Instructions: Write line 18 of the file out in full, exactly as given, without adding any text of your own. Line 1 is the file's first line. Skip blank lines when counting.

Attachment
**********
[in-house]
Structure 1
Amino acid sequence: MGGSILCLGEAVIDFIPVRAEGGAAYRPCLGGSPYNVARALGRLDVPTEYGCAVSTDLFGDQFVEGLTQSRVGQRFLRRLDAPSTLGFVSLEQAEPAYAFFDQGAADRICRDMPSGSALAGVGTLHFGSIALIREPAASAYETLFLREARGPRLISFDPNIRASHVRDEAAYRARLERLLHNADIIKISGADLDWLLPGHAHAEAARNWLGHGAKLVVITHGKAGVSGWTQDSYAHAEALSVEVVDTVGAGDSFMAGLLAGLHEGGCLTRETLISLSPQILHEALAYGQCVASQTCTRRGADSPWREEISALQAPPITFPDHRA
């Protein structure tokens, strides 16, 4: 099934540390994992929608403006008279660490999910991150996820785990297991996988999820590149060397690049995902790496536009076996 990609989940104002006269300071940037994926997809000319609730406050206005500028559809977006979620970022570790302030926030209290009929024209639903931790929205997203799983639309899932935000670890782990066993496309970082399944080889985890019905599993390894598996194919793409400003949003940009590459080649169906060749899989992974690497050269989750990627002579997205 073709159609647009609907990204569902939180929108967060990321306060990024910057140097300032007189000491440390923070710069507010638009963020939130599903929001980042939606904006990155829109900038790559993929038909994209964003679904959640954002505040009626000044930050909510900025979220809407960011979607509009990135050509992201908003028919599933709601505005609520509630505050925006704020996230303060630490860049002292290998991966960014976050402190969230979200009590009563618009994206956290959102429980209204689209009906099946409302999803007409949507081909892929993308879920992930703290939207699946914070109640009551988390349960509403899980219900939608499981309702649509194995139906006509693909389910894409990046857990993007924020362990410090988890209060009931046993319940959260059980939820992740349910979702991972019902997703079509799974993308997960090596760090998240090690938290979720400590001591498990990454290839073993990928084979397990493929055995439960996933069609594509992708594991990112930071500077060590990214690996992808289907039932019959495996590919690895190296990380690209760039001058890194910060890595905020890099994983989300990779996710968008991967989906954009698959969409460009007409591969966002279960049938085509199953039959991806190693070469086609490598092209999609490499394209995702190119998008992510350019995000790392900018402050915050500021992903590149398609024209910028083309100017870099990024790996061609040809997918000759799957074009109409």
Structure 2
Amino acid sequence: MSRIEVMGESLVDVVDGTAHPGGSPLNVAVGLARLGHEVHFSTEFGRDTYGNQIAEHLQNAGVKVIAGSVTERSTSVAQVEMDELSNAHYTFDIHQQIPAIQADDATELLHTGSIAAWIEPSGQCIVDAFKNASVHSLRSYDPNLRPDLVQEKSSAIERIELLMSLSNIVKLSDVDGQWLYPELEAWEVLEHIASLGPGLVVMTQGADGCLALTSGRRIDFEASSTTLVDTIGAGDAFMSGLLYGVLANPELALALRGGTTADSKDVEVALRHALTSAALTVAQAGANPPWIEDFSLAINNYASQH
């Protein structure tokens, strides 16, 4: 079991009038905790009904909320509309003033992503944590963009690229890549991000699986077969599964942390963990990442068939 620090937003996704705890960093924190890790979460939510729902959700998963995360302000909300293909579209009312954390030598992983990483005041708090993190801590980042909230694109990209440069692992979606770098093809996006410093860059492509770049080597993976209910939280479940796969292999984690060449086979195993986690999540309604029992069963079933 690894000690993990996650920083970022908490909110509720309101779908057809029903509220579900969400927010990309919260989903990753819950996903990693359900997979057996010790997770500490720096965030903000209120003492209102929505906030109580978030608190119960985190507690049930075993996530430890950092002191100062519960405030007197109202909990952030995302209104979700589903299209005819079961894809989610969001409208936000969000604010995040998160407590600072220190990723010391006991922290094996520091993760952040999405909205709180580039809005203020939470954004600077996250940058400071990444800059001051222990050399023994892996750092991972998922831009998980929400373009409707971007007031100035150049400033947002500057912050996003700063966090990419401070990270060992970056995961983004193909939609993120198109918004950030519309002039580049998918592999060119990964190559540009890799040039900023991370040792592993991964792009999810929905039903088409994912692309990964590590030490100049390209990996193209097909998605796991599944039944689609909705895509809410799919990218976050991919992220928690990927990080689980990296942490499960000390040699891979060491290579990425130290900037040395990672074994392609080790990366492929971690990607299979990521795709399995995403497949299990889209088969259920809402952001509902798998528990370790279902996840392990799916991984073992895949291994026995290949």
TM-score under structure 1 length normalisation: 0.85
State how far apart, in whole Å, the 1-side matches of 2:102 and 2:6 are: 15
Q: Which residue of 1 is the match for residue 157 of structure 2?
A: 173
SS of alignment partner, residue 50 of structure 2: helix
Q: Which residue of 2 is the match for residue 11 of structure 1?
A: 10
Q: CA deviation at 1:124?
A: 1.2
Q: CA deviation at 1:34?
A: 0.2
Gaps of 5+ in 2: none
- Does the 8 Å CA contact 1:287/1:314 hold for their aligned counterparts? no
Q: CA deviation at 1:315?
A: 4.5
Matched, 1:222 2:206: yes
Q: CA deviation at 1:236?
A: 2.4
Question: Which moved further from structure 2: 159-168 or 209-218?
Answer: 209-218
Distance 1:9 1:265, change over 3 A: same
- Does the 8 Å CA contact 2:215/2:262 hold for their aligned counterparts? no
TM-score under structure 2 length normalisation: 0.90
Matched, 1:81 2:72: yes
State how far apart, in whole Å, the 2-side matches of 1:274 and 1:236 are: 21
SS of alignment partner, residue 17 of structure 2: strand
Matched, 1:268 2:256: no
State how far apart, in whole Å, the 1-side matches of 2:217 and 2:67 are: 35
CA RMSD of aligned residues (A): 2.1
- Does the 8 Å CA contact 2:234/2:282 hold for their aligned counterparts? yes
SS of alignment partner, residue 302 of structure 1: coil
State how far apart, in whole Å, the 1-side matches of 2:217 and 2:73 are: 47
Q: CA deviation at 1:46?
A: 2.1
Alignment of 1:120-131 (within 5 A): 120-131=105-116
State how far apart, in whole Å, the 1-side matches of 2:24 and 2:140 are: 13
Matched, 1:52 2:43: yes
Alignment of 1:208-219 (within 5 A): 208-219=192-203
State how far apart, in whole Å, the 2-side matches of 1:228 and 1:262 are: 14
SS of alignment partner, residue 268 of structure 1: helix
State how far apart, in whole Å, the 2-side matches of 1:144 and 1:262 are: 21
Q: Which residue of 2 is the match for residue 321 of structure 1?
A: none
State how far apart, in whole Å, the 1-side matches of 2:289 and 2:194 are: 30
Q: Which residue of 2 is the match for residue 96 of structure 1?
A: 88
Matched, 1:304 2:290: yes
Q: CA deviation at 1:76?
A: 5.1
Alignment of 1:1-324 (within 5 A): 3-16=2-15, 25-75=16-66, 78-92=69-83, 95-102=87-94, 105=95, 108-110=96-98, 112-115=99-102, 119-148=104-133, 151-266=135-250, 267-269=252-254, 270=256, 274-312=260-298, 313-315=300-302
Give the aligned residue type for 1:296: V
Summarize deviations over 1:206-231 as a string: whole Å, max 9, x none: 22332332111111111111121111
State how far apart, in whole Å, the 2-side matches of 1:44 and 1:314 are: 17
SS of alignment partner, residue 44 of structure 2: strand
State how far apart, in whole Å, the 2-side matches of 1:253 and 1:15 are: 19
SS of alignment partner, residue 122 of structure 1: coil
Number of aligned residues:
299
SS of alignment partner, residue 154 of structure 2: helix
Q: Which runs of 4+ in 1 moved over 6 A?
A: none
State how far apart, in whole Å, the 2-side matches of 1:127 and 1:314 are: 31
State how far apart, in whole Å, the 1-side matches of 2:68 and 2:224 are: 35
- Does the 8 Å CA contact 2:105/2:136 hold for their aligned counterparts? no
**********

A: 0.2